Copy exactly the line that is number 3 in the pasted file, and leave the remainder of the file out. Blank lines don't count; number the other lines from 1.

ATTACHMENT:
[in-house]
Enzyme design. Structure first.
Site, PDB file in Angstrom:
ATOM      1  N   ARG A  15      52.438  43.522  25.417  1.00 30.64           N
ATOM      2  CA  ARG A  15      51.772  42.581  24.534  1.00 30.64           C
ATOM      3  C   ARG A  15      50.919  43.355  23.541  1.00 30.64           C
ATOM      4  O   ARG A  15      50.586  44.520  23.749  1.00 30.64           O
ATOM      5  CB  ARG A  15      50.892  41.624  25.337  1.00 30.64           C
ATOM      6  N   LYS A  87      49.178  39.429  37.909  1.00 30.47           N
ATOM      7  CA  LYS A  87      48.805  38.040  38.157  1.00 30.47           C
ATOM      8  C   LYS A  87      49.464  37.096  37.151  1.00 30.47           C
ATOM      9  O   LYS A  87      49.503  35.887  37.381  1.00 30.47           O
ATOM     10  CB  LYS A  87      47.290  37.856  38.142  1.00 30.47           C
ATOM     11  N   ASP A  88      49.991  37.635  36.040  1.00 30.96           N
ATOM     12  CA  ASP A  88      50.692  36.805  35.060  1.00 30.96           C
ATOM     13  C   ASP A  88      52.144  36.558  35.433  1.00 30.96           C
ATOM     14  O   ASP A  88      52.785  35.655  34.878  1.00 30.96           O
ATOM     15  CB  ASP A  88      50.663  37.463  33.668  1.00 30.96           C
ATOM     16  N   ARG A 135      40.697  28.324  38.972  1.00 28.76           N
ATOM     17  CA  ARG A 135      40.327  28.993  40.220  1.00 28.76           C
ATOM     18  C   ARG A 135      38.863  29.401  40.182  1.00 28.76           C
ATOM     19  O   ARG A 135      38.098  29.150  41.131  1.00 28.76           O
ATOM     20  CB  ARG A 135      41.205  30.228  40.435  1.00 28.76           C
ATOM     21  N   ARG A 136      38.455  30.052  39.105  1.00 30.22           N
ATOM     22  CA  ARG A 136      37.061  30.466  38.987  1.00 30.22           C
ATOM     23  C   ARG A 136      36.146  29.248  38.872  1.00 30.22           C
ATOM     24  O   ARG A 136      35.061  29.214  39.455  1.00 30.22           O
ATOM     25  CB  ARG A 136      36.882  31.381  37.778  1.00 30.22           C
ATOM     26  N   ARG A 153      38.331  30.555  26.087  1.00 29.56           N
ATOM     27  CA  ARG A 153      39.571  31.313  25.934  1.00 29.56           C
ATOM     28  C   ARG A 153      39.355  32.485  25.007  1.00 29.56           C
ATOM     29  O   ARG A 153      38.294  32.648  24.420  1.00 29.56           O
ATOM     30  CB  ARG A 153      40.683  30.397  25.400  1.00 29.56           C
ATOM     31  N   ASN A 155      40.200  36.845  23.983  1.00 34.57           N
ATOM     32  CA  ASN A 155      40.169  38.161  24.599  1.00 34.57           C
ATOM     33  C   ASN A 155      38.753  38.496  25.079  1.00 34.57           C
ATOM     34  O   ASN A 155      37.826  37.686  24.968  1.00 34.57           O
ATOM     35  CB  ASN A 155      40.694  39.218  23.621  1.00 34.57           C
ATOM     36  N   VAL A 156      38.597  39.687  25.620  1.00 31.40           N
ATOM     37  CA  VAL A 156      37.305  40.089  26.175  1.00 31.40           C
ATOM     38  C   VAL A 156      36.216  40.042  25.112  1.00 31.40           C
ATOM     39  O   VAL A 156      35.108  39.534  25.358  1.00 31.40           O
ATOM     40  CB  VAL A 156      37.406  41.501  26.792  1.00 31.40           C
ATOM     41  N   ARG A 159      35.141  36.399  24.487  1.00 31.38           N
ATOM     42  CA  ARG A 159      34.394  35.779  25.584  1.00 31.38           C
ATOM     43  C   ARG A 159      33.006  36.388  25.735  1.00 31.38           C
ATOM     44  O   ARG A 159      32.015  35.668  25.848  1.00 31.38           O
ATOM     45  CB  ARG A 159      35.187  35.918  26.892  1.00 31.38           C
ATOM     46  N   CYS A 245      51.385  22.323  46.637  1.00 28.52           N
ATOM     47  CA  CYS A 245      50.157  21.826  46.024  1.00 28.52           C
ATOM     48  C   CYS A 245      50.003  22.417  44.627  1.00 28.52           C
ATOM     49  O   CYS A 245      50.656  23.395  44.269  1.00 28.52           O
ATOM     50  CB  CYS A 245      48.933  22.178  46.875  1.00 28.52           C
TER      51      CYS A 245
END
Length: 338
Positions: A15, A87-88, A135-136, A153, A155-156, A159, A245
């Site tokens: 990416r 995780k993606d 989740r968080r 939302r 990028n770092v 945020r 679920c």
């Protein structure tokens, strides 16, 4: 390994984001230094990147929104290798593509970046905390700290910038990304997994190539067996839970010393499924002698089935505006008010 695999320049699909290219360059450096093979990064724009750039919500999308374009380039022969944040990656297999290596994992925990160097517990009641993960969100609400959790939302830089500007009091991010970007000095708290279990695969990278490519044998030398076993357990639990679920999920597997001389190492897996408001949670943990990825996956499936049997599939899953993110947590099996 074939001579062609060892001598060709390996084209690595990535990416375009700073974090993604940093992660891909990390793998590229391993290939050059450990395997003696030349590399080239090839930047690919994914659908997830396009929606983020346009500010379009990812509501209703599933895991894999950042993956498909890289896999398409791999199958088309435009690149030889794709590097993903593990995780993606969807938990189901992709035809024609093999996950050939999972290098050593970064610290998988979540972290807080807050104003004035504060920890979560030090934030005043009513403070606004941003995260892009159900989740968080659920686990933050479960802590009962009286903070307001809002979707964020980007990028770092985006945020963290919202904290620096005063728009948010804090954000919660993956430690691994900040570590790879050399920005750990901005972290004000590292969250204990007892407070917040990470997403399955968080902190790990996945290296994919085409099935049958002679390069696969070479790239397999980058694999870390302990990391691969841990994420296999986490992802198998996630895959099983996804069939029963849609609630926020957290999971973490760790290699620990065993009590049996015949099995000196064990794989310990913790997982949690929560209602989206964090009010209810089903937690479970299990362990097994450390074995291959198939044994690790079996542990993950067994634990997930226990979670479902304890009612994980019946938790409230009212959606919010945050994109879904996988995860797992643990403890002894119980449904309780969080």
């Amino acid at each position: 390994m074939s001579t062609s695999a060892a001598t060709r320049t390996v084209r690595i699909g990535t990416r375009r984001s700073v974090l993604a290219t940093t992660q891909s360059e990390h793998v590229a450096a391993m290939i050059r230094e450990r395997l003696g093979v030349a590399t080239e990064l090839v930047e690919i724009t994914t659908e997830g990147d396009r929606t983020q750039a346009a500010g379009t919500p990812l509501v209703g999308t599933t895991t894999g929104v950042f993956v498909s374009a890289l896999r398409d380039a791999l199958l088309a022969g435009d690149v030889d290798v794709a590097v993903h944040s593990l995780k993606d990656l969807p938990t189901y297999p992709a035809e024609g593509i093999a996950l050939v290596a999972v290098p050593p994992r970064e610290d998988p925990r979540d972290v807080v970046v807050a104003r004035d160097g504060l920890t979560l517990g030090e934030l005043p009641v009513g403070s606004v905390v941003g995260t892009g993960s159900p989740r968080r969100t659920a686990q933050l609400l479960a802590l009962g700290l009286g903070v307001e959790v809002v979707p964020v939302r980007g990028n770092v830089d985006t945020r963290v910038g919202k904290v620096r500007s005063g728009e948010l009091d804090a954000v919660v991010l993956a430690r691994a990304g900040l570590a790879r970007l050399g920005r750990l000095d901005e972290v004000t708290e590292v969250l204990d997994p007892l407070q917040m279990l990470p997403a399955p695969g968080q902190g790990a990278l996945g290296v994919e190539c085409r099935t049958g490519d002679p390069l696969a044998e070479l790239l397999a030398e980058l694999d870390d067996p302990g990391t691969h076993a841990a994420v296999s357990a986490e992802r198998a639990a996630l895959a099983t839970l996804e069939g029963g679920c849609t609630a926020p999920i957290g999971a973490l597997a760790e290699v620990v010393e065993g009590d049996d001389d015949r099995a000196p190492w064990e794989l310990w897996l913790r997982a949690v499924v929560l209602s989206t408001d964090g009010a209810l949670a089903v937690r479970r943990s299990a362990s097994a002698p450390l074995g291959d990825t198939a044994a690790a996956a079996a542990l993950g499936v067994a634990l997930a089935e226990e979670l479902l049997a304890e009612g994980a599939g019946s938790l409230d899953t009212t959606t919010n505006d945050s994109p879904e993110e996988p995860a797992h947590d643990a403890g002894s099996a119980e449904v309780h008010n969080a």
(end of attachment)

Site, PDB file in Angstrom: